Means "elf spear" from Old English ælf "elf" and gar "spear". This Old English name was rarely used after the Norman conquest, being absorbed by similar-sounding names and Norman and Scandinavian cognates. It was briefly revived in the 19th century.
From a surname which was derived from the given name ALGAR.
Derived from a Slovene surname, which is of unknown meaning.
Derived from Arabic الإله (al-ilah) meaning "the deity". It is primarily used to refer to the Islamic God, though it was originally used by pre-Islamic Arabs, and is sometimes used by Arabic-speaking Christians and Jews.
ALLANmEnglish, Scottish, Danish
Variant of ALAN. The American author Edgar Allan Poe (1809-1849) got his middle name from the surname of the parents who adopted him.
ALLENmEnglish, Scottish
Variant of ALAN. A famous bearer of this name was Allen Ginsberg (1926-1997), an American beat poet. Another is the American film director and actor Woody Allen (1935-), who took the stage name Allen from his real first name.
Means "oak" in Hebrew. This name is mentioned briefly in the Old Testament.
ALLYNm & fEnglish
Variant or feminine form of ALAN.
ALMASf & mArabic
Means "diamond" in Arabic, ultimately from Persian.
ALMIR (2)mBosnian
Bosnian form of AL-AMIR.
ALMOGm & fHebrew
Means "coral" in Hebrew.
Possibly from Hungarian álom "dream", though perhaps of Turkic origin meaning "bought". This was the name of the semi-legendary father of Árpád, the founder of the Hungarian state. Álmos's mother Emese supposedly had a dream in which a turul bird impregnated her and foretold that her son would be the father of a great nation.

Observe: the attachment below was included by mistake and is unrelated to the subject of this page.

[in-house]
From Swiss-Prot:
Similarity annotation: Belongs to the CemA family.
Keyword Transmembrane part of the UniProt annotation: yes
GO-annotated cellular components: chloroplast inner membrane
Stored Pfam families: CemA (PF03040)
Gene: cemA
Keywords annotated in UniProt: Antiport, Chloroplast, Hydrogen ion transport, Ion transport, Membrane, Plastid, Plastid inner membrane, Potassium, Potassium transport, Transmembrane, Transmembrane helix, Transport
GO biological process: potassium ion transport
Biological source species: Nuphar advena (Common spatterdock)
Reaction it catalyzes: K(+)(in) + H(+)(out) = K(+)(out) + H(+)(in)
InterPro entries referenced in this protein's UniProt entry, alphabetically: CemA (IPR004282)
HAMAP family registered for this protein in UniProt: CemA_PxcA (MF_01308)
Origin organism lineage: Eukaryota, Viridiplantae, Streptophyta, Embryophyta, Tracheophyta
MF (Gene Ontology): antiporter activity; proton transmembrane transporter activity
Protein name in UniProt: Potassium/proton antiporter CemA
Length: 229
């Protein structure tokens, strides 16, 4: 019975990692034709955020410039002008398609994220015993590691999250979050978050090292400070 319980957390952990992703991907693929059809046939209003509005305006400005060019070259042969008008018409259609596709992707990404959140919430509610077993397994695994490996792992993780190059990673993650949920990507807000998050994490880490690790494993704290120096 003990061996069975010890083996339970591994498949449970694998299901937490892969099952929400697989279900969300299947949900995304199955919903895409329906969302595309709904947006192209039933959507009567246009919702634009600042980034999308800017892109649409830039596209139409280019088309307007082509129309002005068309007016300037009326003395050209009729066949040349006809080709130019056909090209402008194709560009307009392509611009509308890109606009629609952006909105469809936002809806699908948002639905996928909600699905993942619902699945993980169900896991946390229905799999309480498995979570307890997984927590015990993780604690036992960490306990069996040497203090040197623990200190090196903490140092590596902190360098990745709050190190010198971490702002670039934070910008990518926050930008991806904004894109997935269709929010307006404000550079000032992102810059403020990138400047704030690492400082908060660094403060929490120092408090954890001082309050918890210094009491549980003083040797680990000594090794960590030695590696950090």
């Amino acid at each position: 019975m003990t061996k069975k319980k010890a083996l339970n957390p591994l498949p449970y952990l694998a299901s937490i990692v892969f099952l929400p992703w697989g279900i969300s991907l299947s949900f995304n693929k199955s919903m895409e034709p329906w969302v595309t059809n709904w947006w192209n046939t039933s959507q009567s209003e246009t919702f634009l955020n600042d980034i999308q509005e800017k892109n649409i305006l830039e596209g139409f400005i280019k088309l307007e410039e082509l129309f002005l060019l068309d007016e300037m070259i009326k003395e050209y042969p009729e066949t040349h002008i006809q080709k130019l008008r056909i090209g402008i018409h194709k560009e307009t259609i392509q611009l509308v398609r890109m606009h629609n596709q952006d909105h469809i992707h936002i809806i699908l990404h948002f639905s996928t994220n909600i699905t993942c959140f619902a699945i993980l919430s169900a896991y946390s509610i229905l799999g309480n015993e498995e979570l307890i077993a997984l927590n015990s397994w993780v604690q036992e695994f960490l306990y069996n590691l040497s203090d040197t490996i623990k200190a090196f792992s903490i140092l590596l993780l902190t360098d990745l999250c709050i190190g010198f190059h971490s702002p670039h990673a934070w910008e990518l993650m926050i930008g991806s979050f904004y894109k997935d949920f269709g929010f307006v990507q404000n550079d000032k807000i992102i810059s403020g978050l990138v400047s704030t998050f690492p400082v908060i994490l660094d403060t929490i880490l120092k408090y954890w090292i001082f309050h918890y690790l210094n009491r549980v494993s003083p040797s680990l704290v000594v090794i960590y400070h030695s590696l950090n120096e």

ALOISmGerman, Czech
German and Czech form of ALOYSIUS.
ALOJZmSlovene, Slovak, Croatian
Slovene, Slovak and Croatian form of ALOYSIUS.
ALOYSmMedieval Occitan
Medieval Occitan form of LOUIS.
ALPHAf & mEnglish
From the name of the first letter in the Greek alphabet, Α.
Anglicized form of the Gaelic name Ailpein, possibly derived from a Pictish word meaning "white". This was the name of two kings of Dál Riata and two kings of the Picts in the 8th and 9th centuries.
Means "red dawn" in Turkish.
Means "old" in Yiddish. This name was traditionally given to a sickly newborn by Jewish parents in order to confuse the Angel of Death, in the hopes that he would go looking for somebody younger or somebody else.
From an Old English surname which was derived from a place name meaning "town at the source of the river".
Finnish form of ALBERT.
Means "his highness" in Hebrew. This name is mentioned in the Old Testament as belonging to a descendant of Esau.
ALVARmSwedish, Estonian
From the Old Norse name Alfarr, formed of the elements alfr "elf" and arr "warrior".
From a medieval form of any of the Old English names ÆLFWINE, ÆÐELWINE or EALDWINE. It was revived in the 19th century, in part from a surname which was derived from the Old English names.
ALVISmNorse Mythology